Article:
I haven't posted in a while, thanks to a rather dry spell brought on by a finally successful job hunt. This is also the reason why I sadly didn't get to attend the Franciscan Well's Winter and Cask Ales Festival over the weekend, but at least this way I can save more ducats for the Easter festival (and possibly a trip to Dublin for some well-needed beer exploration). Either way, the gap left in this blog by missing that festival needs to be filled, and I may just about manage to do so by scraping together some notes from the recent past.
Excuse their disjointed-ness.
I got in the mood for summer with Sierra Nevada's Summerfest, their seasonal pilsener lager. It looks and smells pretty much like a conventional, perhaps even tame European pilsener. The taste however, is really something. It's light with lemon notes interspersed with the potent hop character that leans towards the usual Sierra Nevada peel and pine sort of thing. Underneath all of that there's a good biscuit and grainy quality that really comes into play in the finish, with floral hops lingering. As a lager, it's very interesting, and offers an experience more appropriately, well, summery than a Sam Adams or Brooklyn.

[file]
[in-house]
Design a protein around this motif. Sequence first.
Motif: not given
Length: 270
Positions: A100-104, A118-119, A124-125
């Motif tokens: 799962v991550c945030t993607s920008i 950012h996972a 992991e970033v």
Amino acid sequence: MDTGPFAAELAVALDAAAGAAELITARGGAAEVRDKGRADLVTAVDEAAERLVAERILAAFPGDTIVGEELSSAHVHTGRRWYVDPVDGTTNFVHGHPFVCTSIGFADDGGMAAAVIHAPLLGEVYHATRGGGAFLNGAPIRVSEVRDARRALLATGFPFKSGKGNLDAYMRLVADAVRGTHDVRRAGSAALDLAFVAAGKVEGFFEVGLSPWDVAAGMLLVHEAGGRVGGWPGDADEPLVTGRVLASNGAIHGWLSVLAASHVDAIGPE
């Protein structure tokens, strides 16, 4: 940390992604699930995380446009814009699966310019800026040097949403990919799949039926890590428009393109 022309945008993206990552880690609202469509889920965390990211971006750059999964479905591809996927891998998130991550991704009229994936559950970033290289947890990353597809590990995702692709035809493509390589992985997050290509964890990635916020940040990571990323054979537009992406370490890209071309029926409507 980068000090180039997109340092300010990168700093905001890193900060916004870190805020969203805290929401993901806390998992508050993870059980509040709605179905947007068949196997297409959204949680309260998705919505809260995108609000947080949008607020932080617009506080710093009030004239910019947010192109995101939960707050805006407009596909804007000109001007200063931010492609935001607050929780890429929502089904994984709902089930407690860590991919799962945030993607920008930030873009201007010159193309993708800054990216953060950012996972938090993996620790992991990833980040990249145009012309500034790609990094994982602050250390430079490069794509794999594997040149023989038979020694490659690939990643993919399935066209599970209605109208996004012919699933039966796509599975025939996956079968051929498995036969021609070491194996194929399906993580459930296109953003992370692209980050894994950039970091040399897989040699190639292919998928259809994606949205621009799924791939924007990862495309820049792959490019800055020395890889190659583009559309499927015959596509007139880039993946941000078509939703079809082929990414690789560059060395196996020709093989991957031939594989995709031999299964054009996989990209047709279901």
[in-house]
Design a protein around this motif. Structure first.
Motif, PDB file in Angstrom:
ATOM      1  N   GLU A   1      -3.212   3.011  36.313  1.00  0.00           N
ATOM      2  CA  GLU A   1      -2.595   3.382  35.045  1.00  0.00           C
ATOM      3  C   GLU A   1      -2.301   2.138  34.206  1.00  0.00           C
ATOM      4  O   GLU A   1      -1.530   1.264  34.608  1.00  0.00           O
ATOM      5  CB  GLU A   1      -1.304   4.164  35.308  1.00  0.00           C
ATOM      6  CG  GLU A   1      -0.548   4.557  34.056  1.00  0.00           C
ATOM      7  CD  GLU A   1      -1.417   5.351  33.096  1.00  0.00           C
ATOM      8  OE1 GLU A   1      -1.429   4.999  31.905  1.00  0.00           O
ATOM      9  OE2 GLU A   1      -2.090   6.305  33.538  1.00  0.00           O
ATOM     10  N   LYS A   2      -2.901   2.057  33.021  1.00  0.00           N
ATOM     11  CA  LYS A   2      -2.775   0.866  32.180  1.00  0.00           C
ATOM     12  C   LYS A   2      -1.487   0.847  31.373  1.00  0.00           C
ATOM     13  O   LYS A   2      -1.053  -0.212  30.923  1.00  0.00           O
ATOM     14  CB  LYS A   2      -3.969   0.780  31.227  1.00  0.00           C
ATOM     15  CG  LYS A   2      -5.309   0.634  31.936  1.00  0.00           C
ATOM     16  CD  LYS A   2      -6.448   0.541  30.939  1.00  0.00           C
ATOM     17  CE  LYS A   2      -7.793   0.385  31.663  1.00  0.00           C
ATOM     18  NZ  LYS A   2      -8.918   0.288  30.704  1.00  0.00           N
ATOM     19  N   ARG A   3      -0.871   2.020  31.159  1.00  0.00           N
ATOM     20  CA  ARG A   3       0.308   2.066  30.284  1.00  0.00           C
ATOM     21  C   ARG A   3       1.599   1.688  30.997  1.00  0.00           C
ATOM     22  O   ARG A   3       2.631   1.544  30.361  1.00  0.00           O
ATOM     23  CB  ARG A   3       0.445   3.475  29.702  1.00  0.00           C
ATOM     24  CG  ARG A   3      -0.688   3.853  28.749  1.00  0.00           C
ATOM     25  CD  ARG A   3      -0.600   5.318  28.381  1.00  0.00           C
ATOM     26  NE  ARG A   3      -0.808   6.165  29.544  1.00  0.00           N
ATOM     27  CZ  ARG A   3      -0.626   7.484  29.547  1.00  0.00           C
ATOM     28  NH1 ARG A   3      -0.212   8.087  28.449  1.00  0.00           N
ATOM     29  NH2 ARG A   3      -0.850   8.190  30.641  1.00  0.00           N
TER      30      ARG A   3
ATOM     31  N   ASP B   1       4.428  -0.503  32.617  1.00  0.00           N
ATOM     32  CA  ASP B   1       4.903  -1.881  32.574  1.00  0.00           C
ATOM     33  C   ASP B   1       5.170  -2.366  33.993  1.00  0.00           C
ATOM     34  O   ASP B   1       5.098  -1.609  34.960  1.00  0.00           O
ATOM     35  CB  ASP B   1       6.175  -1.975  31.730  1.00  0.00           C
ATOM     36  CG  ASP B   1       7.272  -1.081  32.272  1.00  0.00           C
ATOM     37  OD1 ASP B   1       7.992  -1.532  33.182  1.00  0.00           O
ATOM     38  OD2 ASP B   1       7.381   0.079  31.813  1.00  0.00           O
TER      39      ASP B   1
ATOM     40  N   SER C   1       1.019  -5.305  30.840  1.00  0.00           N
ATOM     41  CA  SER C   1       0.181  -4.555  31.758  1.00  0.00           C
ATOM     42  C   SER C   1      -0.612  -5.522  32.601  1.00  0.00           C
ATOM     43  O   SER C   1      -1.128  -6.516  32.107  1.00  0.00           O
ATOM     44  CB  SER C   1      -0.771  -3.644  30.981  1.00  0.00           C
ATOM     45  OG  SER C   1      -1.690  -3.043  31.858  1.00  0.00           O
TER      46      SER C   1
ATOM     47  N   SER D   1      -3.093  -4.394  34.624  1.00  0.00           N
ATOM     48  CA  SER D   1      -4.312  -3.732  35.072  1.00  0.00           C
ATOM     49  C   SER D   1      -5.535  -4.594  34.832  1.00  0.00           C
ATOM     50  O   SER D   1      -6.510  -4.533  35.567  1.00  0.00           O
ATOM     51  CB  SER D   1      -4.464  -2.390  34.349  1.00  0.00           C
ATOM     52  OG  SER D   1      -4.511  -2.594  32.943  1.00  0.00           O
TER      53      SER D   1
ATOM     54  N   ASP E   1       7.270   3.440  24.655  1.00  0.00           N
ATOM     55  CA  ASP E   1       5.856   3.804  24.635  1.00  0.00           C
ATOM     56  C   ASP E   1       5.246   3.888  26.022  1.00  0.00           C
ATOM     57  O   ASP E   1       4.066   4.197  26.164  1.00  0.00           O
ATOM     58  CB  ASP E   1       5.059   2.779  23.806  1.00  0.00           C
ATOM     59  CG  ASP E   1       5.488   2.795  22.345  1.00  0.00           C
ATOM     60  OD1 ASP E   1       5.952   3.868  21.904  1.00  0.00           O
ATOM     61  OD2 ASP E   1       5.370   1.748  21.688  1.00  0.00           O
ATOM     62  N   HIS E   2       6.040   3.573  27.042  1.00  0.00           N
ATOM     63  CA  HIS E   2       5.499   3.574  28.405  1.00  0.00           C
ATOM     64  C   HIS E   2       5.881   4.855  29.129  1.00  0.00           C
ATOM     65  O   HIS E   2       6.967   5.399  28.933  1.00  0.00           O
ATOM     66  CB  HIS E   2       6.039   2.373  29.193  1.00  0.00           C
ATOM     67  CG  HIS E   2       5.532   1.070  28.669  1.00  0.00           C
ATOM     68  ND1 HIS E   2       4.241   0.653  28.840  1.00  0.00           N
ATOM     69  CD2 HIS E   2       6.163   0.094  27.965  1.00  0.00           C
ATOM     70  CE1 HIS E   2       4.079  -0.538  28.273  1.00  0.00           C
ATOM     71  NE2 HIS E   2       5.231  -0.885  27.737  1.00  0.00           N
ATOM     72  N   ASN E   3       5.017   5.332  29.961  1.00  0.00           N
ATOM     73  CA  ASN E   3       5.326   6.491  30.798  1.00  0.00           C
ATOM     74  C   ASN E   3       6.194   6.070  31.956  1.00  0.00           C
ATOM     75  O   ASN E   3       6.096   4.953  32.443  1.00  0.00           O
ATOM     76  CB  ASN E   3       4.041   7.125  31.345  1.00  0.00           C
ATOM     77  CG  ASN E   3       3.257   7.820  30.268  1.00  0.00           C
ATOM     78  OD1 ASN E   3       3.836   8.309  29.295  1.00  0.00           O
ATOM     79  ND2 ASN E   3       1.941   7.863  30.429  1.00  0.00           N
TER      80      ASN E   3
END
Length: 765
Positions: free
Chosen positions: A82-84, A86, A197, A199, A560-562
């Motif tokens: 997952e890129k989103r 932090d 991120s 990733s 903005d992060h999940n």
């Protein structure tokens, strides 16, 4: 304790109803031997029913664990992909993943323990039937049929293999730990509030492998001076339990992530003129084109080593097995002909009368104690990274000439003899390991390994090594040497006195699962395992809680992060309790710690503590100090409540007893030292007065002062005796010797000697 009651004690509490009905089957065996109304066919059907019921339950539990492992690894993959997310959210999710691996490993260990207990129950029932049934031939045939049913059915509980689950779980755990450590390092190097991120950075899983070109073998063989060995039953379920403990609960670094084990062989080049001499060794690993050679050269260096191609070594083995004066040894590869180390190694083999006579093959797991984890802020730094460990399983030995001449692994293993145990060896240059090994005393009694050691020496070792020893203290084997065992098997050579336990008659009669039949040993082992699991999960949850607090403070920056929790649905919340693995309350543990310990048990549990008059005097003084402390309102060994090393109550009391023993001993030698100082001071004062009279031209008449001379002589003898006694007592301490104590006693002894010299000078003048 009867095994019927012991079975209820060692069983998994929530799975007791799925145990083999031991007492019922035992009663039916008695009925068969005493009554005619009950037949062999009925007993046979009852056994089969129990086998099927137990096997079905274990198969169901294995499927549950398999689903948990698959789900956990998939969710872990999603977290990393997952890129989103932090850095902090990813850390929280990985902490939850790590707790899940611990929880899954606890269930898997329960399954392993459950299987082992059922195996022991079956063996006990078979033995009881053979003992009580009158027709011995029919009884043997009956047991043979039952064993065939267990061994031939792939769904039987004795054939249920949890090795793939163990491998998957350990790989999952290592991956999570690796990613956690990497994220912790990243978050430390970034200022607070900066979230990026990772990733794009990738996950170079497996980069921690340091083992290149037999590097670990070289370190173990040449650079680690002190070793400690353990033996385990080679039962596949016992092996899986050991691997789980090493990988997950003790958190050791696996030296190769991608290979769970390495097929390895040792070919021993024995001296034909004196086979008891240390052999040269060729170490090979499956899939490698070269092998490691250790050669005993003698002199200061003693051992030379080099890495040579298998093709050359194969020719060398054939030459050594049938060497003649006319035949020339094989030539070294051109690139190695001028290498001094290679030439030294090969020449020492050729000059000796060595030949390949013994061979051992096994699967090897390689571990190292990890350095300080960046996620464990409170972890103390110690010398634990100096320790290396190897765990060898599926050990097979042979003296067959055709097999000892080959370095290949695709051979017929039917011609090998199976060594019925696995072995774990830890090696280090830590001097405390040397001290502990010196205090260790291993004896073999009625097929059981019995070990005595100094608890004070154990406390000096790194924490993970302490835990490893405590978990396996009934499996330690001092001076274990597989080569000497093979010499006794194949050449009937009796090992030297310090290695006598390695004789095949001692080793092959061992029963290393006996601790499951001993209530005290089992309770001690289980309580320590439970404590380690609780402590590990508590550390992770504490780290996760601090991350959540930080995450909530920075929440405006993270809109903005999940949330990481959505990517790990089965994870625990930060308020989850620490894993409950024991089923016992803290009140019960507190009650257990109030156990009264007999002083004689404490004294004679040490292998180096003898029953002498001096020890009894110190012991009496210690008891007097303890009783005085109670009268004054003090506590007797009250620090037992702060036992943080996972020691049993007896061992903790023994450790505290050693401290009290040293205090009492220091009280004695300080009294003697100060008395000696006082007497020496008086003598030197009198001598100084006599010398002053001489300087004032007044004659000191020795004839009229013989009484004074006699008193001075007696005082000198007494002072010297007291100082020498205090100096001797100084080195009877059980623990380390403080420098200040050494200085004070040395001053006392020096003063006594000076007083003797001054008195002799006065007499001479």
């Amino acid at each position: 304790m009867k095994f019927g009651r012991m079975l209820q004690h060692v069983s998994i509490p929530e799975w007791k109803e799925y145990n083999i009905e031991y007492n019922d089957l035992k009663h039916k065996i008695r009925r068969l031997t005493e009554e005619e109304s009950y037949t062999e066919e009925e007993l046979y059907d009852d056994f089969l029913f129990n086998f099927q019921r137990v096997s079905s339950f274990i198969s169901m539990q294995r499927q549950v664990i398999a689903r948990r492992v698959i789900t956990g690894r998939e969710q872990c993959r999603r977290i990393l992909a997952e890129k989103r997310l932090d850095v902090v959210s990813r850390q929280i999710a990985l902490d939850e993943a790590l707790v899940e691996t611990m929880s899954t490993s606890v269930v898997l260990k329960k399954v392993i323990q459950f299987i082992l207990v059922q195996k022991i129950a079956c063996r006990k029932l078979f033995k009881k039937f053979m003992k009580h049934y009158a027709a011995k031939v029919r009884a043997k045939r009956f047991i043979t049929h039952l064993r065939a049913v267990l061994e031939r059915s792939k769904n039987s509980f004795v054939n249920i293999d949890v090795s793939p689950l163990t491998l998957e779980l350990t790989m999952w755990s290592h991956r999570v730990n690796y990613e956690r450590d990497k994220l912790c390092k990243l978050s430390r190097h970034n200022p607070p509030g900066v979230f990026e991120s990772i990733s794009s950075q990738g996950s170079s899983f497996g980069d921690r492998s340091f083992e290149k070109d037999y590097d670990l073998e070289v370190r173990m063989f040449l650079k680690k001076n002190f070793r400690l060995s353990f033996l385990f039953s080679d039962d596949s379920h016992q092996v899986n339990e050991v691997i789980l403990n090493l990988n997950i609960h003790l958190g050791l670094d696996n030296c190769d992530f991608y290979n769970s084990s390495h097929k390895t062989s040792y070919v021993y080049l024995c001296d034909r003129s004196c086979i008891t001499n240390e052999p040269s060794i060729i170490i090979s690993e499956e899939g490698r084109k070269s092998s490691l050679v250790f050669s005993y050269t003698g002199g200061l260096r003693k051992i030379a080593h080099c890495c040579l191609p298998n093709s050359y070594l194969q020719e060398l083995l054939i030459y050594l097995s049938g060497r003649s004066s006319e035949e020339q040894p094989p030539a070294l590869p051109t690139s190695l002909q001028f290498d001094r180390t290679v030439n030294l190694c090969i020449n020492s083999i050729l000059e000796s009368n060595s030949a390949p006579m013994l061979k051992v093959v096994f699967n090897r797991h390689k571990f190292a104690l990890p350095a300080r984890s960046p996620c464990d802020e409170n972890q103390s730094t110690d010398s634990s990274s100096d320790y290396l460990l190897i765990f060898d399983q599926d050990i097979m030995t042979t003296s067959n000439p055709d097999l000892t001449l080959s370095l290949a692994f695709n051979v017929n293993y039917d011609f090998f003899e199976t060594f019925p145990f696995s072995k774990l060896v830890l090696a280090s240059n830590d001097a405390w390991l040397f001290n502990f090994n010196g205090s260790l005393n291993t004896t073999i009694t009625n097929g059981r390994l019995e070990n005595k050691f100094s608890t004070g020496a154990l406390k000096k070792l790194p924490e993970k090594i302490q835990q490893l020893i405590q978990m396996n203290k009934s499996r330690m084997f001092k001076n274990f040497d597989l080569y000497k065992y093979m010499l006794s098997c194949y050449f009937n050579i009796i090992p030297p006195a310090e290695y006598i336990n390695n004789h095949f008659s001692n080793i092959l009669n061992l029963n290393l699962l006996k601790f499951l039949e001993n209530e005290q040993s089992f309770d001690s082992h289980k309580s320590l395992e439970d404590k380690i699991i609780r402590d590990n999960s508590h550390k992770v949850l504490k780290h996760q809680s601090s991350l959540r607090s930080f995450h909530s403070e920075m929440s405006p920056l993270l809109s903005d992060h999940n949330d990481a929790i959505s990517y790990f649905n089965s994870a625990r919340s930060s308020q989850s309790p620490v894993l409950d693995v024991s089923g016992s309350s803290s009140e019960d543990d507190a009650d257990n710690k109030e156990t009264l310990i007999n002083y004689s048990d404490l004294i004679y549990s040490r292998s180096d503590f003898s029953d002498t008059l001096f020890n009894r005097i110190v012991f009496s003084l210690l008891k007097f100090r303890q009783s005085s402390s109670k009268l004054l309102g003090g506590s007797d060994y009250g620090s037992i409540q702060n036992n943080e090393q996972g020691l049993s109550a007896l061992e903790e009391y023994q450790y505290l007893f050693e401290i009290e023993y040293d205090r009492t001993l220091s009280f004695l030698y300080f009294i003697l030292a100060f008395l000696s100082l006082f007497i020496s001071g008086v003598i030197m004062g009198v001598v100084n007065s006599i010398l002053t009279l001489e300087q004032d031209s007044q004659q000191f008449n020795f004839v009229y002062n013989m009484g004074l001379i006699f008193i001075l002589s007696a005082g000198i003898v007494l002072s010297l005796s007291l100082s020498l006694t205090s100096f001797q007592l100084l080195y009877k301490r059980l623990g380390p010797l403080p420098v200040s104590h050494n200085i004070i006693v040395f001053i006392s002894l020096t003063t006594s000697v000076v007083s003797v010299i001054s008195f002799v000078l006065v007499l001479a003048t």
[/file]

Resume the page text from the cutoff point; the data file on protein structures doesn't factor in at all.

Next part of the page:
A good beer to have two or three in the sun I'd reckon.
In the same warm-weather category is Paulaner Hefe-Weissbier, this time appearing from the can, a novelty I just couldn't pass up. It really is very similar to the bottled version. That is, a reliable hefeweizen that won't inspire or delight the palate, but will satisfy a thirst admirably, much in the same vein as Franziskaner, although that particular beer is much more affordable and therefore more appropriate for the purpose.
Staying with Paulaner, I opted to re-evaluate their Salvator, which came off as far too harsh with it's ice-cold serving in the Porterhouse a while back. This time around, it's altogether more controlled, while still releasing some seriously deep toffee malt notes on the aroma, with curious hints of green apple and a touch of booze. Strange, and not at all unpleasant. The taste opens a bit like a Dubbel, with red berries and dark fruit appearing in muted form before being smothered by the powerful and sticky malt that characterises the beer. It's a veritable malt bomb, with a touch of booze at the end reminding you of the 7.9% ABV.